by Trevor Griffey and Brooke Clark
prepared by Brooke Clark
grew up in Seattle in the 1940s and 50s in the Central Area of Seattle. He
attended Horace Mann elementary, and Washington middle school. All the schools
he attended had a significant percentage of minority students. In 1960 he went
into the army after graduating from
GarfieldHigh School. His father
was a waiter, and then ran a restaurant. All the Chinese he knew worked in the
restaurant business because they couldn't get jobs they were hired for.
*6:00†† He often wondered why Chinese were treated
like second class citizens and she said that this is America
is for white people and everybody else is second. She encouraged him to work
hard ad he could have something better. He was in the military for three years,
and then came back to Seattle, went to Olympic
College and the moved to Oakland.
†††† In the 1960ís, the Bay Area was a hotbed for the civil
rights and anti-war movements. He worked at a post-office and when they renewed
the GI bill, he went to San FranciscoState. There he became a
leader of the third-world minority movement and the fight for ethnic studies.
In 1968-69 they closed the school down for six months and demanded the development
of ethnic studies programs.
*11:50His political interest was peaked when he lived
in Oakland and
was trying to cross the bay bridge and activists were closing it down. People
were hurt by the police and he realized that just because he had served and
didnít have to serve was that it was an unjust war and he grew compassionate.
He joined the East Bay Chinese Youth Council at UC-Berkeley and got ethnic
studies programs there.
†† He returned to Seattle after 8
years, and found that the Chinatown needed
renovation and this was an issue he could fight for.
*18:00 The only people who were
Chinatown were older, poor people
and there was a lot of money floating around through the Model Cities programs
and other federal money.
Dome stadium was an issue to spotlight Chinatown
and were worried that the International District would be taken over. While
working at DSHS, he talked about her wanted housing, social services-food
programs, counseling, health services, and which they all got. The Stadium was
built, but the city put resources and money in planning and provided overlay
zoning and helped the area remain and sustain its identity. The allocation of
equitable resources was important.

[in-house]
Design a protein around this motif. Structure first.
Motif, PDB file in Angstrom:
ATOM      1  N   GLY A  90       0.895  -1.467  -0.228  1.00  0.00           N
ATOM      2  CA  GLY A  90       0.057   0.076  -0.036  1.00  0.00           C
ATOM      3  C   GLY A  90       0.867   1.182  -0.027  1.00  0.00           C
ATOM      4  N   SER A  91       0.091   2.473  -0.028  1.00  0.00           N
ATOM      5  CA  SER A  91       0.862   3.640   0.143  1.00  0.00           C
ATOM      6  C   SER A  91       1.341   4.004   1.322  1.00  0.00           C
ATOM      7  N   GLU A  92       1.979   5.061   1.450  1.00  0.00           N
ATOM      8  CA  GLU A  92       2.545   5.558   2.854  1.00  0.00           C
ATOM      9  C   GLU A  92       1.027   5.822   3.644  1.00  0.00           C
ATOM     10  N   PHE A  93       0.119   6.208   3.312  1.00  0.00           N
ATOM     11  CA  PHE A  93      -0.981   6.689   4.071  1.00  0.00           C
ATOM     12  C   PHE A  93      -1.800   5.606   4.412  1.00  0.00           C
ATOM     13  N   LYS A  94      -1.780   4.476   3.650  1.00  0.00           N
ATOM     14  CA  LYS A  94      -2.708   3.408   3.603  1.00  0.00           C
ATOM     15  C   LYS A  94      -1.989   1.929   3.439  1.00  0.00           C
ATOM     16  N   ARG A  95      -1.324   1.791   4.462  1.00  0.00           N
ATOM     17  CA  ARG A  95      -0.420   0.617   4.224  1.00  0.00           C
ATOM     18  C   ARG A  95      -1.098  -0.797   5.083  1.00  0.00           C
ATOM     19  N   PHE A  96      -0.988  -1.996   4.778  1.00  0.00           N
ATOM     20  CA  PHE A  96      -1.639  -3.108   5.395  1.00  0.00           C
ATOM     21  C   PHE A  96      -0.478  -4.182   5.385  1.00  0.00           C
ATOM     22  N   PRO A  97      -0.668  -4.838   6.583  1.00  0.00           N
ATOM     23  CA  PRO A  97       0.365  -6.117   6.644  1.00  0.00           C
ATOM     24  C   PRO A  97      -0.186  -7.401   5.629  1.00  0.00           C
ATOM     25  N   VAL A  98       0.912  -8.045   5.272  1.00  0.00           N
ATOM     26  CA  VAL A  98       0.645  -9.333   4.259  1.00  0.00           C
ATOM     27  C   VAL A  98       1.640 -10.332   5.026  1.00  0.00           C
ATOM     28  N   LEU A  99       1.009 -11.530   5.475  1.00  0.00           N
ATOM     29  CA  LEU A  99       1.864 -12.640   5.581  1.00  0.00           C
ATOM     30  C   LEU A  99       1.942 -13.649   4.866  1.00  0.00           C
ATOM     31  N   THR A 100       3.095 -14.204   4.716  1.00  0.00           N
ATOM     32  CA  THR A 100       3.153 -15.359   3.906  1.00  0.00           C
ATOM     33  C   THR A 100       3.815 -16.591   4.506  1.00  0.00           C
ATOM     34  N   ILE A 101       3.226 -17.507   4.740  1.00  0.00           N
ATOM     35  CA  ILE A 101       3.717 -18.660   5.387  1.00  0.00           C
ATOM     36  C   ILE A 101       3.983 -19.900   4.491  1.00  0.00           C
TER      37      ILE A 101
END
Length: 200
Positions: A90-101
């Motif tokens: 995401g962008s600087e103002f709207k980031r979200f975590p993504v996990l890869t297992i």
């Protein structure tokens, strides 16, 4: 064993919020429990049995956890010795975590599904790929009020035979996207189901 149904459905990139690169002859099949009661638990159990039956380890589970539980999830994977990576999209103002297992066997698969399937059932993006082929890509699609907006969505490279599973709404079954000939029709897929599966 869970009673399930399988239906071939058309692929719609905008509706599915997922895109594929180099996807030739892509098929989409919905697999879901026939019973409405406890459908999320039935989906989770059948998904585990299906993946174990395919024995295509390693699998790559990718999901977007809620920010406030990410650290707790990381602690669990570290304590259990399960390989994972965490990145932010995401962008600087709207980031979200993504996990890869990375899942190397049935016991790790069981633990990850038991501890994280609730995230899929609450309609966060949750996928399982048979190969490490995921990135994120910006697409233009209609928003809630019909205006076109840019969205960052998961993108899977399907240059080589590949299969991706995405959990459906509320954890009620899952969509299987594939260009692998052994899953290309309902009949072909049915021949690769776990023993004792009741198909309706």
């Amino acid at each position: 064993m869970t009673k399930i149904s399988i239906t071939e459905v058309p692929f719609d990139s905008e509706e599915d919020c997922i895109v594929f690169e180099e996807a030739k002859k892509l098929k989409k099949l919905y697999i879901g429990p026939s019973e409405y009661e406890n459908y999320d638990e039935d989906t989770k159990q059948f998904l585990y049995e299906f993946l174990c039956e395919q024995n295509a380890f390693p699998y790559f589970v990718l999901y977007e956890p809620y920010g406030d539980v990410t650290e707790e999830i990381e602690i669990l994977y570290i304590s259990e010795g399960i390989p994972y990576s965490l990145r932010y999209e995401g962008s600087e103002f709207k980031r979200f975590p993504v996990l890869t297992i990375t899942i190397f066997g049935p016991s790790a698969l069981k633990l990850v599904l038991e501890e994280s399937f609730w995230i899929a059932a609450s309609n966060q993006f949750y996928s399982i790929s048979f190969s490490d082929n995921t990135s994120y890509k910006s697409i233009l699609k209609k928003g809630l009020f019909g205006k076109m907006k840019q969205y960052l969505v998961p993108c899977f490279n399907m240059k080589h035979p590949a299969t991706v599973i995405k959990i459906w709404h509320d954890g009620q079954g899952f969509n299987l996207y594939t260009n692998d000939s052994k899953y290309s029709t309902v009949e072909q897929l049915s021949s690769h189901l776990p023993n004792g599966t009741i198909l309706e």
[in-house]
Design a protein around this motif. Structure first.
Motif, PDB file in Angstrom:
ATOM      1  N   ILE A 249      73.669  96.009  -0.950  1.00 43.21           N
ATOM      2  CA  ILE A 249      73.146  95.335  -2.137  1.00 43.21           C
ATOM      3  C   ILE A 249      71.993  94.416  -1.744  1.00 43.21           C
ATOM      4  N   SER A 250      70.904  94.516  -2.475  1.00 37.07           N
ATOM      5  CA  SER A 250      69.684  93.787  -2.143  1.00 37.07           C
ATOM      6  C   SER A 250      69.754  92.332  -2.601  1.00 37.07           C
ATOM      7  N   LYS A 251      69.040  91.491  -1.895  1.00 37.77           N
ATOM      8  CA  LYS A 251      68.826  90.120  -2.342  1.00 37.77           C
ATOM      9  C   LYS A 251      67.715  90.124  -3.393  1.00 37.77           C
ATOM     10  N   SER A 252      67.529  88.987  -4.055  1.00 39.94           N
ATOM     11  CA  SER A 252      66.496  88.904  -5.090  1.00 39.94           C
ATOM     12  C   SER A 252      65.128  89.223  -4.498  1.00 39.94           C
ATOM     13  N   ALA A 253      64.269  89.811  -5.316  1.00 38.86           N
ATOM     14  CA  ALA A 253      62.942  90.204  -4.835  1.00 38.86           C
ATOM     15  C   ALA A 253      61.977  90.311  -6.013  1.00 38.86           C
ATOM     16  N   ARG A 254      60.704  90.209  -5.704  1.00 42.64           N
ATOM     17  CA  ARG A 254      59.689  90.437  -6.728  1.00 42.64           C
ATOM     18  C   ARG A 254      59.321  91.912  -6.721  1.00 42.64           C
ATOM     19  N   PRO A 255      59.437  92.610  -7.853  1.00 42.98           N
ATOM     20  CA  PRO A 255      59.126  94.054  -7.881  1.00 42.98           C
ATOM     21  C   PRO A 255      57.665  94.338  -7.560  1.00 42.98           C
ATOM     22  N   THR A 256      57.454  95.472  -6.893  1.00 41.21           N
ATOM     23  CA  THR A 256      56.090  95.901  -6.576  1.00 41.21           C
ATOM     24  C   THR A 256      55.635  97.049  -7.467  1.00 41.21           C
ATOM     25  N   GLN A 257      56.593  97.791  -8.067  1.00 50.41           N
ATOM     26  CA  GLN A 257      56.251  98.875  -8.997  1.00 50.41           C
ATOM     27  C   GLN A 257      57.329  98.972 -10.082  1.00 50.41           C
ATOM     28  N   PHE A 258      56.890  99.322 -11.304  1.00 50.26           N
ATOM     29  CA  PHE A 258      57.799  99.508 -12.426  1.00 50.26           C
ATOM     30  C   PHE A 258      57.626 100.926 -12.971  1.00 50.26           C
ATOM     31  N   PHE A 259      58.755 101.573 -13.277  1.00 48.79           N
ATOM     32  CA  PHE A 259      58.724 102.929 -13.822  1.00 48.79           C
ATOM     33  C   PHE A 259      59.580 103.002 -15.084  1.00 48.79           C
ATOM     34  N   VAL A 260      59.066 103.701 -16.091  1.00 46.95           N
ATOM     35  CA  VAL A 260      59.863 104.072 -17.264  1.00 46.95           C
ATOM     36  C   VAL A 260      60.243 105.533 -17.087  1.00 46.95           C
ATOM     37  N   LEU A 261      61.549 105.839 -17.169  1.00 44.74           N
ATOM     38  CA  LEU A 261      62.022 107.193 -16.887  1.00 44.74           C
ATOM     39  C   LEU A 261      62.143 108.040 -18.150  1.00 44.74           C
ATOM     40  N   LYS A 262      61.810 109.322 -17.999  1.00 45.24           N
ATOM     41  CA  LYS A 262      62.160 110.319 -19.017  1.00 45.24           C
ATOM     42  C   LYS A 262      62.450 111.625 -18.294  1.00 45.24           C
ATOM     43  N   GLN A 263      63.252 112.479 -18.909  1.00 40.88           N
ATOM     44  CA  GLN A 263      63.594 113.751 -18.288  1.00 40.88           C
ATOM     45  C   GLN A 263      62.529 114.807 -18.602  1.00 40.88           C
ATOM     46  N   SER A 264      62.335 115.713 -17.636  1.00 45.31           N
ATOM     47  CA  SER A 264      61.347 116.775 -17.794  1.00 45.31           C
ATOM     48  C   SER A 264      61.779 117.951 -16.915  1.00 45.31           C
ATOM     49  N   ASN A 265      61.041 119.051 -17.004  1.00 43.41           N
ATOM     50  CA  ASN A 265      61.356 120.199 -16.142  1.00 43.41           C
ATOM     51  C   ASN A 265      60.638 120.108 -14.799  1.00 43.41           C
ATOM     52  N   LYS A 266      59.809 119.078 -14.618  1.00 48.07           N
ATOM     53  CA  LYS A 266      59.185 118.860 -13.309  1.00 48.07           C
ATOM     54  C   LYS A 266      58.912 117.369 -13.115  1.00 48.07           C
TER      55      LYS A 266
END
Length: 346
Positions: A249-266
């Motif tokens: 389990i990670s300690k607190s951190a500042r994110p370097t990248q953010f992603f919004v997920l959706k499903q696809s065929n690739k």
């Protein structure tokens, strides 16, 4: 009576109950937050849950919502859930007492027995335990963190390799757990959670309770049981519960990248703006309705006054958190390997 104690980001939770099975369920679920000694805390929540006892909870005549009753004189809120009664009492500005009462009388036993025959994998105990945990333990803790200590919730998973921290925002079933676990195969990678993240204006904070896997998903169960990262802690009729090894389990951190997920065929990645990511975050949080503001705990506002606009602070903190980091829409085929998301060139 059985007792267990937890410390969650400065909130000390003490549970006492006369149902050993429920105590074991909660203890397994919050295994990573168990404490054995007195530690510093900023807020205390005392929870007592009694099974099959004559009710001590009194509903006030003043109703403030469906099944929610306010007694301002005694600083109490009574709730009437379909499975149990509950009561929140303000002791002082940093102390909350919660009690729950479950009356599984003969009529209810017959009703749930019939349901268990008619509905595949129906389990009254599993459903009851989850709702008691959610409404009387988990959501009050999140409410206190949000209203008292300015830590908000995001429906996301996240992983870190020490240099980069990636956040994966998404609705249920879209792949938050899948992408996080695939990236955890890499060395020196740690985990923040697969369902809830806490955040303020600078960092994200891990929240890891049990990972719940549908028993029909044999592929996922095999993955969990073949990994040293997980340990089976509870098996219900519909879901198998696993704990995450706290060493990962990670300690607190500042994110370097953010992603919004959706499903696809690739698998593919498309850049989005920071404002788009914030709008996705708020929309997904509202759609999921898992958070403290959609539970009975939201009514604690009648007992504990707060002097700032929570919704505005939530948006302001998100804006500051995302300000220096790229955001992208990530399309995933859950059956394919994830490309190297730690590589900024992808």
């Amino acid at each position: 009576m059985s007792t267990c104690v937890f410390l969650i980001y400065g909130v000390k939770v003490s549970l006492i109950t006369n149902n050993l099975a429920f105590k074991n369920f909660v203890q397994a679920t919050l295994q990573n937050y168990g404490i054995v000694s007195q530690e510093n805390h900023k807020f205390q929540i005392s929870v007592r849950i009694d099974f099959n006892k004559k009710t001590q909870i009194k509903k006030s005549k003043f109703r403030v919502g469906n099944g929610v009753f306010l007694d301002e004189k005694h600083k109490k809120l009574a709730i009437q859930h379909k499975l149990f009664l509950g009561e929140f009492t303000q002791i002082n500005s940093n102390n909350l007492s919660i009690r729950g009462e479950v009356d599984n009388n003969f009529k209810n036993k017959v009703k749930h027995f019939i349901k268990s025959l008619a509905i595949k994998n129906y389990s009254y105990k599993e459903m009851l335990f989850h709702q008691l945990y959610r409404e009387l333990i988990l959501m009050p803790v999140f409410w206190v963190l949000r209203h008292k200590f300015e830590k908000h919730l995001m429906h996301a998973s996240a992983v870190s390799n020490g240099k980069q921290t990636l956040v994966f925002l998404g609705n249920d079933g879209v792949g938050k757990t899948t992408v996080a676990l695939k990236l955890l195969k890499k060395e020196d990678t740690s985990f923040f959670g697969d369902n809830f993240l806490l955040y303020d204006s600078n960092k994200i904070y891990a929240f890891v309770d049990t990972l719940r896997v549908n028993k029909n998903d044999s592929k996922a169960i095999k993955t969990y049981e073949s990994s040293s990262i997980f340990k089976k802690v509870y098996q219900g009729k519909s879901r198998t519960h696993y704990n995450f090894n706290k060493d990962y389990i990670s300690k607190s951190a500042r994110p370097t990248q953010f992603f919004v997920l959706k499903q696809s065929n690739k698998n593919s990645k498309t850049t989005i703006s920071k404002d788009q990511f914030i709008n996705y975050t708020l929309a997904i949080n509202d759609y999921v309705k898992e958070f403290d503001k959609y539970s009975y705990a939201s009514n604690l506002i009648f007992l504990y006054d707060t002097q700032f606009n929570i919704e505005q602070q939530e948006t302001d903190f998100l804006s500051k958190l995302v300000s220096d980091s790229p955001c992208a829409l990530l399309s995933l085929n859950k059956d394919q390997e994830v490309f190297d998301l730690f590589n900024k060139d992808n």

demanding this caused the International District to not only remain but thrive
once again while they faded away on other places. In 1965, the immigration laws
changed and the Asian population in Seattle
32:20†† Doug wrote the first paper on Chinese history
which was published and was contacted constantly because it was the only piece
out there on this topic.
34:30†† He wrote extensively for The Asian Family
Affair, No Separate Peace, and The International Examiner.
*35:30 When he was at DSHS,
he met other activists such as Larry Gossett, Tyree Scott, and Michael Woo and
demonstrated with them, even got arrested with them. They worked well together because
they were all in the same struggle.
37:10†† Efforts to enforce Title VII federal statute which stipulated equal
access to social and health services for Hispanics and Asian American
immigrants and refugees with bi-lingual services, brochures, etc.
39:30†† Funds for renovation of the International
District came from Model Cities and from block grant money from HUD.
42:30†† Activist press plays
an important role in protest because newspapers and television tell what is
important because they define what is considered important simply because it is
covered in that medium. Itís important to capture the issues because mainstream
45:58†† He made news and the next day he would write
about the demonstrations he had participated in the day before. He gained
valuable experience while writing for the various activist presses.
47:20†† While at No Separate Peace, they tried
to link the struggles of all different minority groups. The publication grew
from a monthly four page newsletter to a 20 page bi-weekly publication.
52:30†† The International Examiner helped activists
and businesses work more closely together.
56:15†† Some people had an issue
with what to call the district, Chinatown or
the International District. Chin was most concerned with whether people had
housing, could afford to live there, eat there, get affordable health care, and
whether they are safe or not.
59:45†† He believed that Chinese activism stemmed form
the black civil rights movement and the Chinese viewed them as role models.